In the next section I’ll walk you through how to make your Tags live, connect them to Goals, and test them in Analytics.

Using Tags to Trigger Events and Goals in Analytics

In this final section I will show you how to setup Goals in Analytics so you can track Events on your website.

1. Login to your Tag Manager account here: https://tagmanager.google.com/

2. Go to the account you created in Section 1 and used in Section 2.

3. Click on the ‘Tags’ option in the left menu:

tracking events and goals 1

4. Now login to your Analytics account and load up the Account/Property for the website you are working on and click on the ‘ADMIN’ link at the bottom left:

Tag Manager Pt4: Step 4

5. In the far right column (VIEW Column), click on ‘Goals’:

Tag Manager Pt4: Step 5

6. Click ‘New Goal’:

Tag Manager Pt4: Step 6

7. Give your Goal a name (A) – I usually name it the same as or close to the Tag I have set up in Tag Manager. In this case I am going to call my Goal ‘Android Download’:

Tag Manager Pt4: Step 7

Then you tick the ‘Event’ option under ‘Type’ (‘B’ above), and click ‘Continue’.

8. Back in Tag Manager, click the title of the corresponding Tag:

tracking events and goals 6

9. Now click anywhere in the ‘Tag Configuration’ table:

tracking events and goals 7

10. When you look at the Analytics Goal settings next to the Tag Configuration table, you’ll see they correspond to each other:

tracking events and goals 8

11. Just copy and paste the values from the Tag Configuration into the corresponding fields in the Analytics Goal. So, copy the value in the ‘Category’ field in Tag Manager and paste it into the ‘Category’ field in Analytics. Do this for all fields:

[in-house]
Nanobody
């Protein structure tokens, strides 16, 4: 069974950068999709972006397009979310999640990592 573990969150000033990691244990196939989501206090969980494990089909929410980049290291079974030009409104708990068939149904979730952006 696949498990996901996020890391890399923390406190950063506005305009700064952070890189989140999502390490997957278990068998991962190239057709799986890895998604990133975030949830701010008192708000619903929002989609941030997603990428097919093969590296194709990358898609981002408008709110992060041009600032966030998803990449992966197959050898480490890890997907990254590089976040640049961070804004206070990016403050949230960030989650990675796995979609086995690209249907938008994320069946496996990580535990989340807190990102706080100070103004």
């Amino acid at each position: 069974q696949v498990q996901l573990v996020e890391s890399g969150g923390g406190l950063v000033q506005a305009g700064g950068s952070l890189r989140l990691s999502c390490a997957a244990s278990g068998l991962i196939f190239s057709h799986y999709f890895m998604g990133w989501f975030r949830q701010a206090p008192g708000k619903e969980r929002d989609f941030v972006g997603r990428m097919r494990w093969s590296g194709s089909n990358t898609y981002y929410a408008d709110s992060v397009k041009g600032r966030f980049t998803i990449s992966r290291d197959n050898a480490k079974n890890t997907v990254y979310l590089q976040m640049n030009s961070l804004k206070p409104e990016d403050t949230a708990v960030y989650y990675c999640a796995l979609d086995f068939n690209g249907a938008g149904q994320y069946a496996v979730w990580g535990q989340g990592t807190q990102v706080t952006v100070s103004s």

tracking events and goals 9

12. For the ‘Value’ field, you must change the dropdown from ‘Greater Than’ to ‘Equals to’:

tracking events and goals 10

Then click ‘SAVE’ in Analytics.

13. You’ll see your goal in the list now. Next, click on the ‘Real-Time’ icon in the left menu:

tracking events and goals 10a

14. And choose ‘Events’:

tracking events and goals 11

15. Load your website in another tab or browser and you should see yourself as a visitor on the site in the ‘Right now’ area:

tracking events and goals 12

16. Now click the element on your website that triggers the Tag we created in the previous tutorial. In this case it’s the ‘Android Download’ button:

google play button

17. Back in Analytics, you can see the Event has been triggered:

goal set up

18. Under the ‘Real-Time’ menu at the left, click on ‘Conversions’ and you’ll see a similar page. You should also see a corresponding Goal triggered:

conversions

You don’t have to setup Tags to be Goals to track them as Events. If you only want to track events, skip setting up the goals and the Events will be tracked.

So there you go – now you know to track Events and Goals in Analytics using Tag Manager!

Trigger Analytics Property ID and Remarketing Tags Using Tag Manager

In this section I will show you how to use Tag Manager for Google Analytics and AdWords Remarketing. Using Tag Manager to track these things will prevent you having to add multiple snippets of code to your site and will speed up your Analytics and AdWords setup.

Please Note: I will refer you to the other Tag Manager tutorials above for certain aspects of the setup.